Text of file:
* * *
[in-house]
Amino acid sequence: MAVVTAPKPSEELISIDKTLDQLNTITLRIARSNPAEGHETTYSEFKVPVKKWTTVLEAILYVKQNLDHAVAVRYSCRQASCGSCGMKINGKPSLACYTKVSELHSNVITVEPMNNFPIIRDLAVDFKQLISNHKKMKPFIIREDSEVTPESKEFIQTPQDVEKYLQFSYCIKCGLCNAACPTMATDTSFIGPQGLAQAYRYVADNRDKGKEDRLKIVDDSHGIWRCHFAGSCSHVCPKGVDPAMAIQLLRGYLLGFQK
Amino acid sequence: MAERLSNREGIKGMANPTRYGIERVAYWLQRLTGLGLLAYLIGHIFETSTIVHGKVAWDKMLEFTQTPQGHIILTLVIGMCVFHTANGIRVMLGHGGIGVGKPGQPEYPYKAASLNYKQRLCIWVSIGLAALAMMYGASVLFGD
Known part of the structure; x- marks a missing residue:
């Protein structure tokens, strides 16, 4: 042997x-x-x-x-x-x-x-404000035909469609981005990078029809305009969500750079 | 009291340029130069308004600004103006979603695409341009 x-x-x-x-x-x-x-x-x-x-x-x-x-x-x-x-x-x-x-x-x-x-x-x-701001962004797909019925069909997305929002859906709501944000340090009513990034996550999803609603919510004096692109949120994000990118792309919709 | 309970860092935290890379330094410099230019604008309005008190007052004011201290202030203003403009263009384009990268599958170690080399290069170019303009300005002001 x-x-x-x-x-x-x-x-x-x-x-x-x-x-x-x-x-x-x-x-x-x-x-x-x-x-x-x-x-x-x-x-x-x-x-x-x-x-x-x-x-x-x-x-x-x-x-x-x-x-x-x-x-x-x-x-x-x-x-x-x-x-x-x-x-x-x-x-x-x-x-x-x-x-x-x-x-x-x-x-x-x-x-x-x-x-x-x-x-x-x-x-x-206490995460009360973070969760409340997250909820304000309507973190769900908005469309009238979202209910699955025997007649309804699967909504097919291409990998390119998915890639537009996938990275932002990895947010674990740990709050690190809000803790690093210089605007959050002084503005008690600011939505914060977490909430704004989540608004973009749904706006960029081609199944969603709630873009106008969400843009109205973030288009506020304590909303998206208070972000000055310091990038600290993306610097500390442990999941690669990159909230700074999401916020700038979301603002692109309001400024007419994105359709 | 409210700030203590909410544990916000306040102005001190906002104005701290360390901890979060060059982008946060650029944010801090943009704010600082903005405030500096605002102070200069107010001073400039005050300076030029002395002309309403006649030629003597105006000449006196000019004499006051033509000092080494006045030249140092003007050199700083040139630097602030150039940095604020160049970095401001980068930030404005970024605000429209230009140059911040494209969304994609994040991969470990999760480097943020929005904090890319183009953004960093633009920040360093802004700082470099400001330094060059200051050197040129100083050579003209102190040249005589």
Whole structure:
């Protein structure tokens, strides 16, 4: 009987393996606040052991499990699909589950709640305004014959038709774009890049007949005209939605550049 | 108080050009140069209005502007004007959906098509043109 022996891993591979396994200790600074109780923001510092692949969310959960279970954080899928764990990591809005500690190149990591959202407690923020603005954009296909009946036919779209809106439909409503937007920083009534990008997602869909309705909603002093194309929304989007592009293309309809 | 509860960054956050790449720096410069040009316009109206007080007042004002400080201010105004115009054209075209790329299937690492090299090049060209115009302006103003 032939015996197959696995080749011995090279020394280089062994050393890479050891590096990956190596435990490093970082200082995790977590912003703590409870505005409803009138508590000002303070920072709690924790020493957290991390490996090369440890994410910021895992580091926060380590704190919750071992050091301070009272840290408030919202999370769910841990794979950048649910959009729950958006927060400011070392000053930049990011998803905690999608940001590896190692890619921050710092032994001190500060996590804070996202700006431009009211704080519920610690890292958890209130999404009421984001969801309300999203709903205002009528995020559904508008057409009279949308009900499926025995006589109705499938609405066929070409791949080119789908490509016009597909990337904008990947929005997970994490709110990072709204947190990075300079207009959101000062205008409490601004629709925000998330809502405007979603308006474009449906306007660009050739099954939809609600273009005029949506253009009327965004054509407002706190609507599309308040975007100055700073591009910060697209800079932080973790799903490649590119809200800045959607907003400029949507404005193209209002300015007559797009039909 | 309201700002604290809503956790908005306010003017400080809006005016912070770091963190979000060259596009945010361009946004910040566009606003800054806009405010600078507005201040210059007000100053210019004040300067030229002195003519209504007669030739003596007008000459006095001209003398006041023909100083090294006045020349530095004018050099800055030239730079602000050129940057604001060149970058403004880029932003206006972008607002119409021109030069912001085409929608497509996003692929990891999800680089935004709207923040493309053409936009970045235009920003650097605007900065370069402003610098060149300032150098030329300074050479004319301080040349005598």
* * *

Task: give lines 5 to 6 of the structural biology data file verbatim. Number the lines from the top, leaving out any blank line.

């Protein structure tokens, strides 16, 4: 042997x-x-x-x-x-x-x-404000035909469609981005990078029809305009969500750079 | 009291340029130069308004600004103006979603695409341009 x-x-x-x-x-x-x-x-x-x-x-x-x-x-x-x-x-x-x-x-x-x-x-x-701001962004797909019925069909997305929002859906709501944000340090009513990034996550999803609603919510004096692109949120994000990118792309919709 | 309970860092935290890379330094410099230019604008309005008190007052004011201290202030203003403009263009384009990268599958170690080399290069170019303009300005002001 x-x-x-x-x-x-x-x-x-x-x-x-x-x-x-x-x-x-x-x-x-x-x-x-x-x-x-x-x-x-x-x-x-x-x-x-x-x-x-x-x-x-x-x-x-x-x-x-x-x-x-x-x-x-x-x-x-x-x-x-x-x-x-x-x-x-x-x-x-x-x-x-x-x-x-x-x-x-x-x-x-x-x-x-x-x-x-x-x-x-x-x-x-206490995460009360973070969760409340997250909820304000309507973190769900908005469309009238979202209910699955025997007649309804699967909504097919291409990998390119998915890639537009996938990275932002990895947010674990740990709050690190809000803790690093210089605007959050002084503005008690600011939505914060977490909430704004989540608004973009749904706006960029081609199944969603709630873009106008969400843009109205973030288009506020304590909303998206208070972000000055310091990038600290993306610097500390442990999941690669990159909230700074999401916020700038979301603002692109309001400024007419994105359709 | 409210700030203590909410544990916000306040102005001190906002104005701290360390901890979060060059982008946060650029944010801090943009704010600082903005405030500096605002102070200069107010001073400039005050300076030029002395002309309403006649030629003597105006000449006196000019004499006051033509000092080494006045030249140092003007050199700083040139630097602030150039940095604020160049970095401001980068930030404005970024605000429209230009140059911040494209969304994609994040991969470990999760480097943020929005904090890319183009953004960093633009920040360093802004700082470099400001330094060059200051050197040129100083050579003209102190040249005589």
Whole structure: